woensdag 16 juli 2014

Food pairing / gastronomy with a telescope [Part Two]

Earlier we have looked at the possibility of using foodpairs as a yardstick by which bodies of recipes can be compared for their (dis)similarity. The aim is to so look at cuisines in order to see how Asian cuisines differ from Western ones, how Asian cuisines differ internally and how the cuisines of the new world in turn relate to the ones from the old world.

This is interesting to pursue for the way it might corroborate larger historic explanations of how cuisines have developed. China developed in isolation much longer than any other civilization in the old world, is its cooking also more singular? India has been invaded several times and its food is very much a product of its own cultures clashing with its Muslim conquerors, does that make it stand out from the other Asian cuisines? Read Rachel Laudan's book Cuisine and Empire for the bigger historic picture.

In practice when using the word cuisine we are actually comparing English language books written for an audience of English speaking home cooks; an important difference. 

The number of foodpairs a recipe generates increases exponentially with the number of ingredients. A typical cookbook (and the ones we use here are all modest one) yields anywhere between 700 and 2500 pairs, the number of connections when comparing three books is large and a really meaningful way to visualize a foodpair comparison we have not yet found. Instead we have turned to using the Jaccard Index, a simple formula for comparing similarity in datasets.  If two book are absolutely similar (a book compared with itself) the index is 1, if the books are completely dissimilar the index is 0. So how higher the number how greater the similarity. Let's look at how Jamie Oliver's Naked Chef compares to 12 cookbooks representing many styles and cuisines.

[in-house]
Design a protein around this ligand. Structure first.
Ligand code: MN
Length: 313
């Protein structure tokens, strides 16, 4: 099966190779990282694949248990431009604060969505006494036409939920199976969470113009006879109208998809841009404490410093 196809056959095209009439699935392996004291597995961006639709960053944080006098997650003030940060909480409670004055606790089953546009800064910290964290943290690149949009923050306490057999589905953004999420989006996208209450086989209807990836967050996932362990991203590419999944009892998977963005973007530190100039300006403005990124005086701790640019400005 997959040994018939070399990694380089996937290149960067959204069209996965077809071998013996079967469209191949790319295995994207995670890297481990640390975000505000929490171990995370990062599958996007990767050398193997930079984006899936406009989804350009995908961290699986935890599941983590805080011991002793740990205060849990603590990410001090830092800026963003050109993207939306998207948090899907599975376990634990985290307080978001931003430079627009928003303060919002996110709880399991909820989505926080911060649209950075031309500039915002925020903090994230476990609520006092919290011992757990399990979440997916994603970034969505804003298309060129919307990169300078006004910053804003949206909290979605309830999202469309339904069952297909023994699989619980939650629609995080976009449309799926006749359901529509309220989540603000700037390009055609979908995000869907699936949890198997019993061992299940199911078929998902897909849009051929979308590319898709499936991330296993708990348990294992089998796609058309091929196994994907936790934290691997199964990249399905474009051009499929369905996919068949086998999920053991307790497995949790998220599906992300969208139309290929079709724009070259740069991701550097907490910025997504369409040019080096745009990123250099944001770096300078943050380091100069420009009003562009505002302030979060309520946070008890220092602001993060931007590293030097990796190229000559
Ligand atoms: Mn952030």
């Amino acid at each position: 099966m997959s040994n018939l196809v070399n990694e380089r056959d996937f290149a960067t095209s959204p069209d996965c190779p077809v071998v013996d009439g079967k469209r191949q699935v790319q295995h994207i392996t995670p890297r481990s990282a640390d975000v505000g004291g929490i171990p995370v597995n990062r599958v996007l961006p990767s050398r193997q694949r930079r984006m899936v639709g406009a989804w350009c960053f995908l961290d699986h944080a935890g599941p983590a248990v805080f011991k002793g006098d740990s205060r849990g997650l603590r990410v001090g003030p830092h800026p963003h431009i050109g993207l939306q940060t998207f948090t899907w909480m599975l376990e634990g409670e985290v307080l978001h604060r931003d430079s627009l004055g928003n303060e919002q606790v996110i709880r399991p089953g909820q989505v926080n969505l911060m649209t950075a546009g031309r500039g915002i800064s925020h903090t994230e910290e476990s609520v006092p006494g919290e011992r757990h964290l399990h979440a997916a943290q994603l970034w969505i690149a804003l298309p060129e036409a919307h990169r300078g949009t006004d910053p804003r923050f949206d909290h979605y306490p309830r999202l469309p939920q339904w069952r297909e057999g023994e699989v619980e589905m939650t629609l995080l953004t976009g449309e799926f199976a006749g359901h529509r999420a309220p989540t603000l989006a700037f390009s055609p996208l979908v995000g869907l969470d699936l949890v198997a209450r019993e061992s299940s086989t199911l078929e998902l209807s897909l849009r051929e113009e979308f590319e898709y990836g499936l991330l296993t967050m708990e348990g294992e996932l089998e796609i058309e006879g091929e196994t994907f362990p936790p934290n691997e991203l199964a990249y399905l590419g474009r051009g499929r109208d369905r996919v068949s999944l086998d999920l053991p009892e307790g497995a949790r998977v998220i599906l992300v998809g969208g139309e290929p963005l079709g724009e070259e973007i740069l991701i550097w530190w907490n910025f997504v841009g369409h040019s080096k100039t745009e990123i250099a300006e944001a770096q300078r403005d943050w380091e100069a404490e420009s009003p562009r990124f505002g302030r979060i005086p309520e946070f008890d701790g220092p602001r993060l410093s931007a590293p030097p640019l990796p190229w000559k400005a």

The Horizontal line is most important as it shows the similarity (in %, Jaccard index*100) between Oliver and the book being compared. The vertical line gives the total number of unique foodpairs in both books. According to this Oliver is most similar to other UK TV chefs Nigella Lawson (27%) and Gordon Ramsay (34%). He is equally similar to books on French, Mexican, Brazilian and Greek food. He is least similar to the two Chinese cookbooks (8%). The fcat these two Chinese cookbooks are equally dissimilar is important: it shows they are themselves similar, as you would expect. 

Here is the graph comparing Vietnamese, Thai, Indian (Madhur Jaffrey) and two Chinese (one by Ken Hom) cookbooks. 

Indian/Chinese has the least similarity, Chinese/Chinese most but with 16% which puts perspective on the 34% similarity between Oliver and Ramsay.

Here is the graph comparing 13 cookbooks with each other, it is large to make it legible (click to enlarge). A rough guess is that 10-15% comparison is average. The 20+ similarity for UK celebrity chefs is striking but further work will have to decide how striking.

It is much easier to compare cookbooks on the presence of ingredients alone, there is much less data. When doing this for the same books as above the graph below is created. Or check here for a interactive one.The numbers are different, the Jaccard-index gets much higher (54% ingredient similarity between the top-scoring duo Ramsay and Oliver), but the overall shape of these two graphs is recognizably similar, especially when you factor in the difference in scale. This is good news because proper food pair data (recipe for recipe) is hard to create while creating ingredient lists for books is exactly what foodmap does.

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